It’s 5:34 pm
I know,I know…this interview was supposed to be with singer/songwriter Angela McCluskey but I seem to have caught her in a busy time as she flew out Los Angeles for work and she also had a few shows lined to play as well.
I will run our interview as soon as this very lady can find the time to sit and chat with me.
But I have to tell you….I am pretty excited to start a run of “8 Questions with…..” with some of the fresh acting from the United Kingdom. I interviewed actor/director Darren James King and had a wonderful response to the interview,Darren is putting the finishing touches of his 2nd feature,”Blood Feud” which should be out very soon.
So I decided to venture back over the UK and see who else we could talk to.I went to a UK actors/artist page and asked if anyone would be willing to answer some questions.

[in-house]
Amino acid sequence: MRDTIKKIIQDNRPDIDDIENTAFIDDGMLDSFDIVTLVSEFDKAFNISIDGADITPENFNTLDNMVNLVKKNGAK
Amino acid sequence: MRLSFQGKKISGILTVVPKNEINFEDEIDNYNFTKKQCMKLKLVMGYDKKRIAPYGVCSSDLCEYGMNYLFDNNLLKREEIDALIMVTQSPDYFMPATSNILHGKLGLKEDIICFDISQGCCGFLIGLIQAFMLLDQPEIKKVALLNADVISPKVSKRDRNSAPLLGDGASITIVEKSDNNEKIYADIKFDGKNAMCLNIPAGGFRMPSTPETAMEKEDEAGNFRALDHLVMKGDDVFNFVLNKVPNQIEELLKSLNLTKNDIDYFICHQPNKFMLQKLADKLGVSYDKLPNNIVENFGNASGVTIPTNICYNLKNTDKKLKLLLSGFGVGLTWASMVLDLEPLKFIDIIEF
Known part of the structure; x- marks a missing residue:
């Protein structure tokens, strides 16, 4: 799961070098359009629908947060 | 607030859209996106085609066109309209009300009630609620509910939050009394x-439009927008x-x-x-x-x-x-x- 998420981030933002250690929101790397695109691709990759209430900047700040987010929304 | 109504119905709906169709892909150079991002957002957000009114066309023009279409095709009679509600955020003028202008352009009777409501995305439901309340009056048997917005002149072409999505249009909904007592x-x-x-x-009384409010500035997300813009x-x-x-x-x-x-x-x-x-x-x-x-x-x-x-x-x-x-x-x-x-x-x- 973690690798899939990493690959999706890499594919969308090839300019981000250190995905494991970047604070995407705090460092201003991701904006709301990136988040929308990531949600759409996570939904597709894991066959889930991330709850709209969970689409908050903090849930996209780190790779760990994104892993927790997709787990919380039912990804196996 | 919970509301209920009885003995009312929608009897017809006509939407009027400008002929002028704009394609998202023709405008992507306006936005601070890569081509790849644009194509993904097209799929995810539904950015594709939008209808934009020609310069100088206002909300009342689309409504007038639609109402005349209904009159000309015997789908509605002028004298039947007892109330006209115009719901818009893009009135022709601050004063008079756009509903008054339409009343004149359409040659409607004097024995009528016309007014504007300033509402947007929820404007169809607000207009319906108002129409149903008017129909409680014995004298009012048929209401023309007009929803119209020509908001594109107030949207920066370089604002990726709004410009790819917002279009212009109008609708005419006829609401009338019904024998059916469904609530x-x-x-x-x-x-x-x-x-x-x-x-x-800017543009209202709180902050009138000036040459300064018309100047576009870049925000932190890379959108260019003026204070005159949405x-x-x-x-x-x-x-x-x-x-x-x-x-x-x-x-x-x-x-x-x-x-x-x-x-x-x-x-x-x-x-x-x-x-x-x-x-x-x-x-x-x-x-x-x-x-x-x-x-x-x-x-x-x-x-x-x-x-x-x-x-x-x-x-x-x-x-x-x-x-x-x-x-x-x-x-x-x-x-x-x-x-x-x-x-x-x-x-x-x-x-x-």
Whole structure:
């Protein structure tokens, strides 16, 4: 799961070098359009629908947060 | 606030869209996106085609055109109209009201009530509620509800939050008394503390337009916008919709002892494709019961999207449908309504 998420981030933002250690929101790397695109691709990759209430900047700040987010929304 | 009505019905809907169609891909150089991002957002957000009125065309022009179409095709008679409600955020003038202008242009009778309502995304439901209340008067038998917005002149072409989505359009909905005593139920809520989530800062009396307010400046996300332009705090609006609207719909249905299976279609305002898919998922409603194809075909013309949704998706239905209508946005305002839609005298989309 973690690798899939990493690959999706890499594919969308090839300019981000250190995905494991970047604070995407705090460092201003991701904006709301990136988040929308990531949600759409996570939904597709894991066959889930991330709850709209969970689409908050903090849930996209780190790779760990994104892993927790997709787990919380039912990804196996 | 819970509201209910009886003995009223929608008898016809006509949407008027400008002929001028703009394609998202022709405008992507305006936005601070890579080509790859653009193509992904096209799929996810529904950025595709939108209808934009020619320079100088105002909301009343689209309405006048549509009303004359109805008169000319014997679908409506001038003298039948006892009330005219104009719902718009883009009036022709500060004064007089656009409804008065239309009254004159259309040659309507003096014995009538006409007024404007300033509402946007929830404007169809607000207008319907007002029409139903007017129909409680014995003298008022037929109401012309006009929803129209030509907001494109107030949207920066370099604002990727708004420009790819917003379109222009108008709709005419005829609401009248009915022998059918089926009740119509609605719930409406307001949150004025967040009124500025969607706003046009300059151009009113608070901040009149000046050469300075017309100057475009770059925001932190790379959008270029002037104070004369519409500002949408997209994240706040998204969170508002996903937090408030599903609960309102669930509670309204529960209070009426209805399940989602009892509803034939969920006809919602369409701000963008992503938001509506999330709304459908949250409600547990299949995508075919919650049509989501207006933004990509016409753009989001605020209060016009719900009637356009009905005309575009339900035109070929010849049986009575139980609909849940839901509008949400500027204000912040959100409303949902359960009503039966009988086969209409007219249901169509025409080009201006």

Despite what some think,this isn’t always a sure thing,I have had my fair share of “thanks but no thanks” when asking for an interview.
So I basically posted an Open Invite” to any artist who would like to be interviewed for the blog. I reposted my interview with Darren and also a “Have Cheetah,Will Review” in which I reviewed a British crime drama,”7 Cases”so any potential actor would see I was serious.
Peter Kearns was the first to take me up on my offer. As I was looking Peter’s short film,”Simon”,I saw a friend celebrate about getting an interview with a “name” actor for his website. I had to laugh,opening up my blog to actors and actresses from England that no one here as even heard of….well it reminds me of my Marsugi’s days. Booking bands like Sublime and Weezer before anyone had heard about them as well.
I am happy to introduce you to a whole new slew of artists as I ask…….8 Questions with…….Peter Kearns.
- Introduce yourself to us. Where were you born and where are you based at now?
Hello there,My name is Sean Kearns, I was born and still live in a little town called Kettering in Northamptonshire. I go by the name of Peter Kearns for my acting work.
2. What was growing up in your house like? Who encouraged/inspired you to take up acting?